FIG. 1 is a schematic view of a semiconductor device in accordance with one aspect of our invention;
FIG. 2 is a schematic, cross-sectional side view of an encapsulated, non-hermetic semiconductor laser in accordance with another embodiment of our invention;
FIG. 3 is a graph of the reflectivity versus thickness of a single-layer AR coating illustrating symmetry about the quarter wave thickness tqw ; and
FIG. 4 is a schematic of e-beam deposition apparatus used to form a dielectric (e.g., tantalum-aluminum oxide) coating on the surface of the device of FIG. 1 in accordance with yet another embodiment of our invention.
In the interest of clarity, the figures have not been drawn to scale.
Turning now to FIG. 1, there is shown an active semiconductor device 10 (or a portion thereof) which, by way of example, may be an IC, a laser, an LED or a photodetector. Device 10 may have one or more dielectric coatings 12, 14, formed on one or more surfaces, or facets 16, 18. The coatings 12, 14 may serve to alter the reflectivity of the surfaces, to passivate them, or both. Illustratively, device 10 comprises a compound semiconductor material such as a Group III--V or Group II-VI compound material. Alternatively, device 10 may comprise an elemental semiconductor, such as Si, or a complex, multilayered structure including semiconductor, dielectric and metallic materials (as in the case of a Si IC). For purposes of exposition, and without limitation, we will describe device 10 hereinafter as an InP-InGaAsP multi-quantum well (MQW) distributed feedback (DFB) laser in which case one of the coatings is a high reflectivity (HR) coating 12 and the other is a low reflectivity or anti-reflection (AR) coating 14.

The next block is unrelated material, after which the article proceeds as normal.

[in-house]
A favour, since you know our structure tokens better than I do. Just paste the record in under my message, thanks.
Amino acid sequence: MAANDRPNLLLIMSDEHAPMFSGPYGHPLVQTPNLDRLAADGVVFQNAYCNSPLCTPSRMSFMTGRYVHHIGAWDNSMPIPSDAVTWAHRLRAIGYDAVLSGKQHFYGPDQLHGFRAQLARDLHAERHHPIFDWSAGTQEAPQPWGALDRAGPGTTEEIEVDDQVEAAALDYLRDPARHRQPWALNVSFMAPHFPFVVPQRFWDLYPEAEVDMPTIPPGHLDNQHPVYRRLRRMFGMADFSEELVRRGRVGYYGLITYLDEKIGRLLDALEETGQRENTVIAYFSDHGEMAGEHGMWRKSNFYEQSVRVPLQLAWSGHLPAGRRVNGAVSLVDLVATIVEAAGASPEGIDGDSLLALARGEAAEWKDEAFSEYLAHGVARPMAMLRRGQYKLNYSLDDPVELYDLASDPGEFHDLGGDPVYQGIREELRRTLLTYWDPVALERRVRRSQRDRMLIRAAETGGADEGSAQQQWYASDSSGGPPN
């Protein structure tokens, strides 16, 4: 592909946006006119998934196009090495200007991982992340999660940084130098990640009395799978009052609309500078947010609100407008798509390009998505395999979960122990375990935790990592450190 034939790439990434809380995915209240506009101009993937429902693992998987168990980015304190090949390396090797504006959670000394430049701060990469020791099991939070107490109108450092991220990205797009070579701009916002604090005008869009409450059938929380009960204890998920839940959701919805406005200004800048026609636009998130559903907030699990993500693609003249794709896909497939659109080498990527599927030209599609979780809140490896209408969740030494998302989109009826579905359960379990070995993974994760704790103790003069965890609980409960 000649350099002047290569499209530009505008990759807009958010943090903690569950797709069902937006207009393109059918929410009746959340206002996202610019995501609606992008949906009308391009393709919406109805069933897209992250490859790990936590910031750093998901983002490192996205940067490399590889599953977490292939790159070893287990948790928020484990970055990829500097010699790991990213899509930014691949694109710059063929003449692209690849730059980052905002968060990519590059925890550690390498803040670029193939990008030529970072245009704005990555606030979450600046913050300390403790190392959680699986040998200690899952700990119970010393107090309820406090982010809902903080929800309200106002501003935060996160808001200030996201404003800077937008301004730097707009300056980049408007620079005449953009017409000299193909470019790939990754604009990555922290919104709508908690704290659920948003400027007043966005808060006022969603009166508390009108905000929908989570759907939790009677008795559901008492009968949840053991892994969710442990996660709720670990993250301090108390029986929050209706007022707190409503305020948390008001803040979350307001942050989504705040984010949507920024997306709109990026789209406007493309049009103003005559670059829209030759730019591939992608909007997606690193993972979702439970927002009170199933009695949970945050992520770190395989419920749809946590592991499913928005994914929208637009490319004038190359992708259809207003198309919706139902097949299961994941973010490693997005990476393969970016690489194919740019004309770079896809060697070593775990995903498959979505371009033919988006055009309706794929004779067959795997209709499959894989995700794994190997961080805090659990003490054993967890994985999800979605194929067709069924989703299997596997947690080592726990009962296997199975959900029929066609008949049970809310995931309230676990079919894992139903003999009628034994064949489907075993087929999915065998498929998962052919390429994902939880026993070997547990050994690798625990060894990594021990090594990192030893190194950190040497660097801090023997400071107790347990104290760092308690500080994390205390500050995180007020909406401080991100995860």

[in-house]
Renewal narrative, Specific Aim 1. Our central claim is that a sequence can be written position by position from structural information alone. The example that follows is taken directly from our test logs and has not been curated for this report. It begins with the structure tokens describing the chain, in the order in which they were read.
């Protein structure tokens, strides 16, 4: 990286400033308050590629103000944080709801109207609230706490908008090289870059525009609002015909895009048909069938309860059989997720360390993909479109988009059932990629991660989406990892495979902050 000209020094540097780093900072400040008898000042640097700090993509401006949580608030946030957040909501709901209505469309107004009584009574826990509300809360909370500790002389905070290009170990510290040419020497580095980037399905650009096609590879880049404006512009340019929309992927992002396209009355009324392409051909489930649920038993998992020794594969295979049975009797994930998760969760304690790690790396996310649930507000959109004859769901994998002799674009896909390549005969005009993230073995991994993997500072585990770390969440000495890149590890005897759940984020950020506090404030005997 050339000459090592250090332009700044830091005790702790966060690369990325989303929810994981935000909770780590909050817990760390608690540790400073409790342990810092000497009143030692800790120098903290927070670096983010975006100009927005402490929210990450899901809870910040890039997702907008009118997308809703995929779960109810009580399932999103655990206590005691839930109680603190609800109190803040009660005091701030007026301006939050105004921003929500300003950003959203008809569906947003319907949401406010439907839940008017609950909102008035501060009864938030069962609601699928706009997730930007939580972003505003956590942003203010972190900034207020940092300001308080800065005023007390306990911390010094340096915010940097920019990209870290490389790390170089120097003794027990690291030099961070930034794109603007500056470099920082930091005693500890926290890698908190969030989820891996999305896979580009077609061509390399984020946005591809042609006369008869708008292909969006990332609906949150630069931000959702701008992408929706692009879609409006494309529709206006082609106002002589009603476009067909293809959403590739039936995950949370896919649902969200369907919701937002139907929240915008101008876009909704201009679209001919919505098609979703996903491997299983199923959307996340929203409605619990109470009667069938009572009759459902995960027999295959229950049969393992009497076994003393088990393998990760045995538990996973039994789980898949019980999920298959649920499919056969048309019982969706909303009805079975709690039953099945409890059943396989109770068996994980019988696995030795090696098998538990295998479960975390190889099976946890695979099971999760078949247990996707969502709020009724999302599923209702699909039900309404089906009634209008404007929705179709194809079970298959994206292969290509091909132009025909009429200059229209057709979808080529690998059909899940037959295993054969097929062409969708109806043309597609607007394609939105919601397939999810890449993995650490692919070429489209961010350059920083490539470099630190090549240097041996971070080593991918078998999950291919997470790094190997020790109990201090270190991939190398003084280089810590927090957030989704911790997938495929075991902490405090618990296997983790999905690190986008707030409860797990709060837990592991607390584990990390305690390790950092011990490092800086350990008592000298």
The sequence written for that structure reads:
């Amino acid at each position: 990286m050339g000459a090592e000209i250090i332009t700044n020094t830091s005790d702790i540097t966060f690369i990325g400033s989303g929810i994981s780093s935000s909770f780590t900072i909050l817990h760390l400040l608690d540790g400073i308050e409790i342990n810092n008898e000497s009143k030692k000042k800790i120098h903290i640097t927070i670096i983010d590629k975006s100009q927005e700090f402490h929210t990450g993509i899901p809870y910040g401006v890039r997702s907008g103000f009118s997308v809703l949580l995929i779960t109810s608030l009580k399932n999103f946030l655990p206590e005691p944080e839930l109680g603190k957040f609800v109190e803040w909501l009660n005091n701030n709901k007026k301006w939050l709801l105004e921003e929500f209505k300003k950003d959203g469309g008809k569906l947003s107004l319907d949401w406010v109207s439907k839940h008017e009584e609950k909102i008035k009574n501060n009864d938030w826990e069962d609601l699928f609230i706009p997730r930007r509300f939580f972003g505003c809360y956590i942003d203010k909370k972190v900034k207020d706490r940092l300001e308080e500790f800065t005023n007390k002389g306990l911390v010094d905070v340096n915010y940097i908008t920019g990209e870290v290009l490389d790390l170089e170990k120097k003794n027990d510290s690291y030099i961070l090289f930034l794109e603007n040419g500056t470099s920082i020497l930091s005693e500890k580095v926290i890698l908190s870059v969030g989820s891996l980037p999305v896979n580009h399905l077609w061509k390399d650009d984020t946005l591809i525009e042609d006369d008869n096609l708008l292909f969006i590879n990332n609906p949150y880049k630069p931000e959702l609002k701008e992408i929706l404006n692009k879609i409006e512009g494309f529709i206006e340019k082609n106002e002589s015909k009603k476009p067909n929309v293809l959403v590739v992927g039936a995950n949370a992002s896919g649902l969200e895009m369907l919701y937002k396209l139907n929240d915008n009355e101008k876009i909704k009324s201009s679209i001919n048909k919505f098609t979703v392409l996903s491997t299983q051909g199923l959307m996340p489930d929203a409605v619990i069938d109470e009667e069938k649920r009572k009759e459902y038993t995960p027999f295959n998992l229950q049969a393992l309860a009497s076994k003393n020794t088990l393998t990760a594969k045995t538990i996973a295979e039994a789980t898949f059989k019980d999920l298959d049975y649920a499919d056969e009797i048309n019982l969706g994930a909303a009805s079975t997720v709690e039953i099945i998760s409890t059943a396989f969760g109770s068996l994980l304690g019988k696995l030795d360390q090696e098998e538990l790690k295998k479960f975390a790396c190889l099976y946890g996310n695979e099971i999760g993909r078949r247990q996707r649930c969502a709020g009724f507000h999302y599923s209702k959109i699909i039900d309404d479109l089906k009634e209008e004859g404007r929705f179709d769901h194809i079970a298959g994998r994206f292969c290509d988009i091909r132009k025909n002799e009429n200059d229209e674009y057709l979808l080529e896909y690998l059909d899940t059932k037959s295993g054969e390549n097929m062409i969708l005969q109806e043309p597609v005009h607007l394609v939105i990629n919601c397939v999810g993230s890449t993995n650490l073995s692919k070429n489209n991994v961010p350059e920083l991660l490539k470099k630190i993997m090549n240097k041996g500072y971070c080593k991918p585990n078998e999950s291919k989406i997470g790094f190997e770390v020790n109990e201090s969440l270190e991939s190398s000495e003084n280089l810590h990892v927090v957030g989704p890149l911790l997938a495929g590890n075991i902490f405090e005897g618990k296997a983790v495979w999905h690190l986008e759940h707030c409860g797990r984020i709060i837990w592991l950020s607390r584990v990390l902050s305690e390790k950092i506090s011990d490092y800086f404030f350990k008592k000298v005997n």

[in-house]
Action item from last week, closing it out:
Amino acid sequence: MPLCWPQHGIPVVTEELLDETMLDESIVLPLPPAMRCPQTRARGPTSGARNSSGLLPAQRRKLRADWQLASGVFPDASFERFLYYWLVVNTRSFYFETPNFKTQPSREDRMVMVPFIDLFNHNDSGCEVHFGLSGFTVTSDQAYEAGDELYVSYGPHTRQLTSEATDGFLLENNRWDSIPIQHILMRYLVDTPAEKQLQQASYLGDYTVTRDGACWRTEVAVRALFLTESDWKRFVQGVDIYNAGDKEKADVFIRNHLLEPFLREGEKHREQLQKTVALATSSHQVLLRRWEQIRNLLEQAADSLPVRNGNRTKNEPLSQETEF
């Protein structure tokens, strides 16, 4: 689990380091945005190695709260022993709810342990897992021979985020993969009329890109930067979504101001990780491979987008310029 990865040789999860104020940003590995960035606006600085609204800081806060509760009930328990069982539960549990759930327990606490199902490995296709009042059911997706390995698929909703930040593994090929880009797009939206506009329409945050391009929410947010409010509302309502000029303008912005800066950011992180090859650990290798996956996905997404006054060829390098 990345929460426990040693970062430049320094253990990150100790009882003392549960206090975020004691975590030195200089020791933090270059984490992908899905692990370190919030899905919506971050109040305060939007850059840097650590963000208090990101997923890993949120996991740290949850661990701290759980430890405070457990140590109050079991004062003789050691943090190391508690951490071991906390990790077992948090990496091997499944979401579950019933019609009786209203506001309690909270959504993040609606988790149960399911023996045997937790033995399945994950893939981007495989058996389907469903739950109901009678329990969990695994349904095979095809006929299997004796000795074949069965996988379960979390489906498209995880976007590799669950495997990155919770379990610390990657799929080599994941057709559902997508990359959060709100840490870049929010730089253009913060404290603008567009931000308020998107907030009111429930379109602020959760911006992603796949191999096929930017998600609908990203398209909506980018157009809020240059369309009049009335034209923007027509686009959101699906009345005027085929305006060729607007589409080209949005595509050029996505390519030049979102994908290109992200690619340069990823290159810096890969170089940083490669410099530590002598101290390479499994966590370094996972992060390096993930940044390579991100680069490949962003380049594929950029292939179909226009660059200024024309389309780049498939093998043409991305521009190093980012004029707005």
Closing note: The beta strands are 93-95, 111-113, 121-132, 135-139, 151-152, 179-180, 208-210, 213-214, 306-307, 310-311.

A schematic illustration of such a laser is shown in FIG. 2 where elements corresponding to those of FIG. 1 have been given like reference numbers. The laser is mounted on a support member 24 and embedded in an encapsulation material 28 (e.g., a polymer such as an epoxy). This type of encapsulation is used in non-hermetic packages preferred for low cost applications. The basic laser structure is well known in the art; it comprises an MQW active region 20 disposed between a pair of wider bandgap InP cladding regions 22 and 24. The details of region 20, as well as the DFB gratings, have been omitted for simplicity. Both are well known to those skilled in the art. An HR coating 12 is formed on one laser facet, and an AR coating 14 is formed on the other. Not shown, but also well known, are electrical contacts used to provide forward bias and sufficient drive current to cause the active region to emit radiation λ primarily through the AR coating 14 and polymer 28 to a utilization device not shown (e.g., an optical fiber, a photodetector etc.). Some radiation may also emerge from HR coating 12, and as is conventional in the art, this "back-face" emission may be directed to a monitor photodiode (not shown) used to control certain aspects of laser operation (e.g., its bias or operating point).
In accordance with one aspect of our invention, the AR coating 14 is a single layer comprising an oxide of tantalum and aluminum. The chemical formula for the oxide may be written as (Al2 O3)x (Ta2 O5)1-x, where x is the mole fraction of Al2 O3 in the layer. By varying x one can vary the refractive index nox of the oxide. Thus, for x=1.00 (essentially no tantalum oxide), 0.90, 0.80 and 0.75, nox ≅1.56, 1.73, 1.78, 1.80, respectively, over a wavelength range of about 1.3 μm to 1.55 μm (typical emission wavelengths of InP-InGaAsP lasers). At the opposite extreme, x≅0, representing essentially no aluminum oxide, nox ≅2.1 over the same wavelength range. From a stability standpoint, in a moist environment, the parameter x should be in the range 0<x≦0.80. Above x=0.80 the oxide layers may not be sufficiently stable for non-hermetic applications.